HealthDay News — Growth monitoring programs may help identify children with celiac disease, results of a study published in JAMA Pediatrics indicate.
“Celiac disease (CD) is underdiagnosed in the pediatric population in which the presenting features often include faltering linear growth, short stature, or poor weight gain,” wrote Antti Saari, MD, of the University of Eastern Finland in Kuopio, and colleagues.
To develop new evidence-based cutoffs for screening growth disorders and to evaluate the performance of these cutoffs among pediatric patients with CD, the investigators conducted a longitudinal retrospective study using growth data from healthy children (the reference population) and children with CD (the cases).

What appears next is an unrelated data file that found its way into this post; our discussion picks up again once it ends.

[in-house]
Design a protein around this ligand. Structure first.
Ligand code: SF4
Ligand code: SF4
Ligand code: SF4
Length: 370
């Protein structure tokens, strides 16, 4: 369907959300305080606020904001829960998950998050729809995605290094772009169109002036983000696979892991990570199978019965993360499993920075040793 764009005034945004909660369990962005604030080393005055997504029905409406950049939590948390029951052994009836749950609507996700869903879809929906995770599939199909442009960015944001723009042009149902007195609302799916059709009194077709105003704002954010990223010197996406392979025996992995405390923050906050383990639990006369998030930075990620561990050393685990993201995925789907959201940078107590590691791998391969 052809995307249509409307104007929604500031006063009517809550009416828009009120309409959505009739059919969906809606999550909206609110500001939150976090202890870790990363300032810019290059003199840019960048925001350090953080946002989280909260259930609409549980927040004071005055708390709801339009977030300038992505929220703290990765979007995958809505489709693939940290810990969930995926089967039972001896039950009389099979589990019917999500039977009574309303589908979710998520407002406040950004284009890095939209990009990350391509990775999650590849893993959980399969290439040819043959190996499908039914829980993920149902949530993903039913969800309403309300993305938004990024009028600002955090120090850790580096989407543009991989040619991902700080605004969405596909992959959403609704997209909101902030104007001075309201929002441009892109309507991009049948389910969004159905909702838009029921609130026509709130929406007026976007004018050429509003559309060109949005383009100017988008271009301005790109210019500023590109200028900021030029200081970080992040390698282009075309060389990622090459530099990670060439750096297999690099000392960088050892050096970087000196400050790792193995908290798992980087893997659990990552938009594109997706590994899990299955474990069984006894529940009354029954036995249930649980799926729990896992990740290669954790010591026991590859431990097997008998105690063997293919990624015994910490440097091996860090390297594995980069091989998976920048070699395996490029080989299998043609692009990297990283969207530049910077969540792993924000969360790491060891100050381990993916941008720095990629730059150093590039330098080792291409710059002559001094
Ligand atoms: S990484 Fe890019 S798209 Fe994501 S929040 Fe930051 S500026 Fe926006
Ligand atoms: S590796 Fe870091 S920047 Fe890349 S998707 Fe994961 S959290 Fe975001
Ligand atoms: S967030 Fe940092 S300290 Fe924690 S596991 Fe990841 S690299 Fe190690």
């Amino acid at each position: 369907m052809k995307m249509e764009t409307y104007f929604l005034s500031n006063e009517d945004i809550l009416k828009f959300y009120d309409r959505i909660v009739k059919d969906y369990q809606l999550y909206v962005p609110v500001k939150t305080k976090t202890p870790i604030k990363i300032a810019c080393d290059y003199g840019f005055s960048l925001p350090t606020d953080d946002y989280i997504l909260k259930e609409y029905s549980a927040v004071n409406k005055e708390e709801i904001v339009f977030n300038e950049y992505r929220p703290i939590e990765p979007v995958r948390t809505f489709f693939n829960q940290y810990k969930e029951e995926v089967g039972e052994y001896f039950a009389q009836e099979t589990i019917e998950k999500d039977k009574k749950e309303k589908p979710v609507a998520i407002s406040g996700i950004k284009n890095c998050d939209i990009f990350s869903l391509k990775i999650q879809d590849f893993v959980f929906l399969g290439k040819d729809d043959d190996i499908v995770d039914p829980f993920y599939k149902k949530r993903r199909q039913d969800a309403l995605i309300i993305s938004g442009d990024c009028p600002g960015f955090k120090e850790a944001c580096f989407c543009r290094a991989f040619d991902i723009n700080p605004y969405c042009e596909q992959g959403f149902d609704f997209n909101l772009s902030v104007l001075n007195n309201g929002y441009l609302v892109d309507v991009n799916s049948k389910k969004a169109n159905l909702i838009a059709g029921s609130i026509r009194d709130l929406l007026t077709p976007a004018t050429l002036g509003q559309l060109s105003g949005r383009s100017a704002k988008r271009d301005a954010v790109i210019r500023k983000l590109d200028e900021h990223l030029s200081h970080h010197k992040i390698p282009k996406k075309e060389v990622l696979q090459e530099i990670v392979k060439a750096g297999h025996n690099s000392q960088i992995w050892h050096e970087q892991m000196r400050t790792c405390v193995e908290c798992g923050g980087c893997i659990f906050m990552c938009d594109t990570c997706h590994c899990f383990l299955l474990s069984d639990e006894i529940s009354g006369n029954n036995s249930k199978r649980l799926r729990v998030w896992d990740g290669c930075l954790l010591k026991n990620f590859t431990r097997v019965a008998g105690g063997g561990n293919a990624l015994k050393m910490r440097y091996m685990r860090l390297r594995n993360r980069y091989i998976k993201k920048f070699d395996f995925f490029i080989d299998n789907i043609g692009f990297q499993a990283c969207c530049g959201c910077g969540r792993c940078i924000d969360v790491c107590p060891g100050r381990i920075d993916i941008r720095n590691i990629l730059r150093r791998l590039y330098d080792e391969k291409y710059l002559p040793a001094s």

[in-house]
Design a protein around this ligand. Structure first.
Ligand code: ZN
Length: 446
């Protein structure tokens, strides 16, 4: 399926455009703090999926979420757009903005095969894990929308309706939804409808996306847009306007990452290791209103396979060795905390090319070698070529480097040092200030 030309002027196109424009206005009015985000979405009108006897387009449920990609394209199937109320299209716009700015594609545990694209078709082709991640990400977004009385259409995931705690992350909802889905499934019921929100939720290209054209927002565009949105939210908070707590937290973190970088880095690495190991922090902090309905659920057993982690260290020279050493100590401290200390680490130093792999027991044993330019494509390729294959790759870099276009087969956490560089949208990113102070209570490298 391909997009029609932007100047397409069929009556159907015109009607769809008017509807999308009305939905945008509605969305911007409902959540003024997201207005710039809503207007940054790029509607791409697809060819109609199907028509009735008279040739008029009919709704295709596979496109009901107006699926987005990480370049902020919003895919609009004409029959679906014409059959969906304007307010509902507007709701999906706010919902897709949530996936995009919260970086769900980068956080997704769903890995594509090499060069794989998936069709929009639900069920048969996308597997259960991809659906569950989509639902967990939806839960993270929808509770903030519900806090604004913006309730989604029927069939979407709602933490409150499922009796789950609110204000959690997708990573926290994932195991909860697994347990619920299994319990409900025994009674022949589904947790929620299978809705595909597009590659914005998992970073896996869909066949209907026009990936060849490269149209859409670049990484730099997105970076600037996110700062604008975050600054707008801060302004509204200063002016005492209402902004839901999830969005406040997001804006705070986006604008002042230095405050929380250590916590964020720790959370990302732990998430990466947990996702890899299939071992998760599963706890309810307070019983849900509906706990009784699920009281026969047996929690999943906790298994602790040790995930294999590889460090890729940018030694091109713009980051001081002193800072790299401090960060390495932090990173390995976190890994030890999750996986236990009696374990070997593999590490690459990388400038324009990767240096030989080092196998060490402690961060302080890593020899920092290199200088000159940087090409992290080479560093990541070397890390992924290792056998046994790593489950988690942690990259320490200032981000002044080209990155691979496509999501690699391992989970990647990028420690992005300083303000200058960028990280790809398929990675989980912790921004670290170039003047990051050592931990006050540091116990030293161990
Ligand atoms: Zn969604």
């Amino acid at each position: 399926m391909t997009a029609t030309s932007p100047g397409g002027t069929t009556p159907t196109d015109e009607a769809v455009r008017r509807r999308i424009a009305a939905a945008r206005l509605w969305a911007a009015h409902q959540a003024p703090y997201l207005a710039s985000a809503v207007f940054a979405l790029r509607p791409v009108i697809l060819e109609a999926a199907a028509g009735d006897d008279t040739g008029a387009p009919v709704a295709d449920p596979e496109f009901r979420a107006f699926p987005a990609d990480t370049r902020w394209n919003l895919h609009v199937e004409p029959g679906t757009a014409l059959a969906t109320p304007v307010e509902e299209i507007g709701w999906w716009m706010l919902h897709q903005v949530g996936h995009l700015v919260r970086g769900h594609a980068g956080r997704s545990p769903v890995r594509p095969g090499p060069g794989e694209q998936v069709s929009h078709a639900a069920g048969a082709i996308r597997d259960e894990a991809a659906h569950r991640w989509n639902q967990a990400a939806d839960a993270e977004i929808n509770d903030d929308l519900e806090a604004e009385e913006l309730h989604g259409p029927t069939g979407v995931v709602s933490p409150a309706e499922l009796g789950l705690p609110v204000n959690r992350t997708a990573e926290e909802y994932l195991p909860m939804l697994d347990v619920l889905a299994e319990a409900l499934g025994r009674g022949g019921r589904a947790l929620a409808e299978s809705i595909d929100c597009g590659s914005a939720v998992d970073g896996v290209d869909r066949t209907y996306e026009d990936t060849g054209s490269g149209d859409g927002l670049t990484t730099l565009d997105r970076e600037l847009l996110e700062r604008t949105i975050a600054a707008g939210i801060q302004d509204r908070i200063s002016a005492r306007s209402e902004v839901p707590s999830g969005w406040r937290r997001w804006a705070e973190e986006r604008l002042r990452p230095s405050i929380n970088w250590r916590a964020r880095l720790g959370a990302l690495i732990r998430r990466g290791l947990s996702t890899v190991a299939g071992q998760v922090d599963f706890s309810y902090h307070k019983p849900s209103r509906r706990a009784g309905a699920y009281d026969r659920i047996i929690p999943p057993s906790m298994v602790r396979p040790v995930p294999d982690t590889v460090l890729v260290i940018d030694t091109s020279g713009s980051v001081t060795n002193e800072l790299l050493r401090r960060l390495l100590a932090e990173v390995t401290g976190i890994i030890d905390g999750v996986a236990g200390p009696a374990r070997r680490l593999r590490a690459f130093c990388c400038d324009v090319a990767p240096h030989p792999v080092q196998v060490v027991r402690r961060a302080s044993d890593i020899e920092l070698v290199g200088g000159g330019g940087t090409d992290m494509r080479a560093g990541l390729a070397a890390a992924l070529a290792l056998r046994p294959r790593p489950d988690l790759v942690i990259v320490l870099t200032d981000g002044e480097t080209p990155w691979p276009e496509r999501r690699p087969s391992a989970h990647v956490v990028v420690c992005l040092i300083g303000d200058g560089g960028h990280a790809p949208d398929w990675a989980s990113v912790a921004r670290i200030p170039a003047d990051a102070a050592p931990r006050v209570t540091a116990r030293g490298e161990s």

The researchers found that screening children for five height- and weight-related differences in growth could be an effective means of spotting those with celiac disease. Using all five measures together was more effective than using one alone, noted the scientists.
Compared with children in the general population, girls with celiac disease were shorter two years before their diagnosis, while boys were shorter one year before diagnosis.
“Growth failure remains an early and common feature in patients with celiac disease and an up-to-date growth reference and well-established growth-monitoring program could facilitate the early diagnosis of celiac disease,” concluded the authors.